The Perceptron, the basis of Artificial Neural Networks (ANN), was conceived in 1957:
It is of course an outdated model of how the neurons actually work. The current neural network research and development is more driven by mathematically techniques that ensure continuity and convergence rather than anything biological inspired.
However there are other research groups like Numenta and IBM TrueNorth that are investigating more biologically inspired systems. These systems are referred to as “Spiking Neural Networks (SNN)” (see: https://en.wikipedia.org/wiki/Spiking_neural_network ) or alternatively “Neuromorphic computing”.
These SNN have unfortunately not proven to be as effective as their less biologically inspired cousins (ANN). In a recent paper (see: http://arxiv.org/abs/1603.08270 ) however, IBM TrueNorth has shown competitive results simulating a Convolution Network. This is direct evidence that an “integrate-and-spike” mechanism has the similar computational capability as the more proven ANNs. The IBM paper however highlighted one major weakness of SNN. That is, training of the TrueNorth system required simulation of back-propagation using another conventional GPU:
Training was performed offline on conventional GPUs, using a library of custom training layers built upon functions from the MatConvNet toolbox. Network specication and training complexity using these layers is on par with standard deep learning.
Said in a different way, using “back-propagation”. Biological inspired SNNs seem to lack a mechanism to receive feedback. Although it had been previously conjectured that such a mechanism was not necessary.
Prior to the invention of machine powered flight, many people could observe what a bird does to fly. They can point out the flapping of wings, the large ratio of the size of the wings to the body, to the weight of the bird or the presence of feathers. However, none of these features leads one to the actual mechanics of flight. This is one of the arguments against biologically inspired research. However birds and planes are able to fly because the dynamics are the same. The airflow under a wing has a higher density than above the wing and thus creating an upward pressure.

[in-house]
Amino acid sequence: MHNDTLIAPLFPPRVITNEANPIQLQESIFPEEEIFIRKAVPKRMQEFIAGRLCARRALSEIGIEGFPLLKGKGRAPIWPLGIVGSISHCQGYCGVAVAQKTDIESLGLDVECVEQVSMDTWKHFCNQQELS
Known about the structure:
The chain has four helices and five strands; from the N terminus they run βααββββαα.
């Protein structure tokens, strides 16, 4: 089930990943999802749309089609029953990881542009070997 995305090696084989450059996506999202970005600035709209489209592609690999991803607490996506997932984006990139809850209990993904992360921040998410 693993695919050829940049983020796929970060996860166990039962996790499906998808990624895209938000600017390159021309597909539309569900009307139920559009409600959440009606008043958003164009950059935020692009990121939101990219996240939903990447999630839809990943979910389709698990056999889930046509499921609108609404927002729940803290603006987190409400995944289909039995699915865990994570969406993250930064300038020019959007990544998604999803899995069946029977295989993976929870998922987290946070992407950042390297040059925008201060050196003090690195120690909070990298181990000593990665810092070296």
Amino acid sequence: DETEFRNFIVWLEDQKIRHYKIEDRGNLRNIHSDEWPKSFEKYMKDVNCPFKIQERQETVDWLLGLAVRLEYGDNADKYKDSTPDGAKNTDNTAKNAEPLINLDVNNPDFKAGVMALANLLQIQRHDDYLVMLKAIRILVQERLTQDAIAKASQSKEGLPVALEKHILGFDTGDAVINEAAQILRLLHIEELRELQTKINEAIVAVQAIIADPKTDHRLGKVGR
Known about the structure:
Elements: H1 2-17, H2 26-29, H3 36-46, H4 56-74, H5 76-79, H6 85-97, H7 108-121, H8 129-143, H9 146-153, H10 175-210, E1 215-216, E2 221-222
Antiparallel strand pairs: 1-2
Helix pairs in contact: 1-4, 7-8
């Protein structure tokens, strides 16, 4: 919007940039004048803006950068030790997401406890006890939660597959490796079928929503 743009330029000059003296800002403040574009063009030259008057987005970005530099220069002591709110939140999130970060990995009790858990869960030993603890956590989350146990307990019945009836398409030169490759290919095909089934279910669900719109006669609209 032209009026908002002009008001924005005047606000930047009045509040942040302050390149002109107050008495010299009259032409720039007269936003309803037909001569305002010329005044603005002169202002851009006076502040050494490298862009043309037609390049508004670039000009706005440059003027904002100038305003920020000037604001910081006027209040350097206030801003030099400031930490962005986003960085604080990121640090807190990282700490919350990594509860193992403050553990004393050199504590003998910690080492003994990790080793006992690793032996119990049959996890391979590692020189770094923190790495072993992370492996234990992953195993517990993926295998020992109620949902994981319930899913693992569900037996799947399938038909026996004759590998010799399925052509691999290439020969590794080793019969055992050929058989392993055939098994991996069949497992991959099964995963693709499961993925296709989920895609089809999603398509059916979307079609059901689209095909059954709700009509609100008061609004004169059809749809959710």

There is a commonality with the brain and neural networks is the fact that they are both dynamical systems. ANN researchers have observed that if we assign weights to input signals, multiply the signals with the weights and sum up the results then we have a NN that can perform pretty impressive pattern classification. The discovery of the weights is done through what is called “training” and this is done by adjusting all the weights slightly in a way that reduces the observed error in the pattern classification. Learning is achieved when the observed error settles to one that is consistently acceptable. This training mechanism is what is called “Back-propagation”.
There are many variants of “back-propagation”, the most common is gradient descent with a variant called RProp (see: https://en.wikipedia.org/wiki/Rprop ) which is an extreme simplification that uses only the sign of the gradient to perform its update. Natural Gradient based methods that are second order update mechanism an interesting variant called NES (https://en.wikipedia.org/wiki/Natural_evolution_strategy) employs genetic evolution methods. Field Alignment is another simplistic method that is extremely efficient ( see: http://arxiv.org/pdf/1411.0247.pdf ). In general, back-propagation does not necessarily require that the implementation is performed by a strict application of an analytic gradient calculation. What is essential is that there is some approximation of an appropriate weight change update and a corresponding structure to propagate the updates. Incidentally, recent research (see: http://cbmm.mit.edu/publications/how-important-weight-symmetry-backpropagation-0 ) appears to conclude that the magnitude of gradient update isn’t as import as the sign of the update.
There however has been no biological evidence of a structural mechanism of “back-propagation” in biological brains. Yoshua Bengio published a paper in 2015 (see: http://arxiv.org/abs/1502.04156 ) “Towards Biologically Plausible Deep Learning”. The investigation attempts to explain a mechanism for back-propagation exists in Spike-Timing-Dependent Plasticity (STDP) of biological neurons. It is however questionable whether neurons are able to learn by themselves without the need of an external feedback pathway that spans multiple layers.